The results of FNB and Endeavor SA’s annual “State of Entrepreneurship” conference have been released in the second edition of The Entrepreneurial Dialogues. Focusing on six key industry sectors, including IT & Biotech, Agribusiness and Tourism and Hospitality, the conference also discussed a number of universal issues facing entrepreneurship in South Africa, including the importance of finding the right funding partner and how a good business model will find capital.
Focus on customers, not cash
One of the key points agreed upon by the main panelists was the fact that there is an overemphasis on the importance of capital amongst early-stage entrepreneurs. The main panel, which included Discovery CEO Adrian Gore, GIBS lecturer Greg Fisher and Endeavor SA MD, Malik Fal, agreed that finding and retaining attractive customers is far more important for start-ups than chasing capital. In fact, if a business focuses on getting customers and succeeds, capital should naturally follow.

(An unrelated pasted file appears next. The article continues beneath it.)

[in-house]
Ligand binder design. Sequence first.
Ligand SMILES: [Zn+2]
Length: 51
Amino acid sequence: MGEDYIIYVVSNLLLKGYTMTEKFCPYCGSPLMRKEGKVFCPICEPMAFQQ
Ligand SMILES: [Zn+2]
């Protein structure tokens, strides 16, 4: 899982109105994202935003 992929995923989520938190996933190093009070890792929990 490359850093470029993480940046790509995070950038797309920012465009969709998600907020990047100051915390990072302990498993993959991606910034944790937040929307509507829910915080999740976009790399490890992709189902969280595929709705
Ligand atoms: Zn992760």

“If you have a successful product and a successful company early on, you will find the capital you need,” said Gore. “On the other hand, if you are working too hard to raise capital, it probably means something is wrong with your business model.”
In general, the panel reached the conclusion that the South African economy does not produce enough ‘disruptive’ entrepreneurs and that large companies are seldom challenged. This could be the result of a lack of competence, competitiveness and drive amongst the entrepreneurial community rather than structural capital problems.
Finding good funding partners
For those with businesses that do attract funding partners, the panel discussed the importance of finding a good partner for the success of the business. Overall, funding partners should have a long-term outlook, be tolerant of the possibility of failure and be patient with regard to drawing cash from the business. The partner shouldn’t only be a source of funding either. They should provide mentorship, emotional support and friendship. Entrepreneurs who find a partner willing to believe in the future and upside of their business when no-one else did must be prepared to share their success with the funder as well though. Entrepreneurs who ask their funding partner “When the timing is right and I need you less, can I buy you out?” are short-sighted, unfair and likely to cause problems in the long run.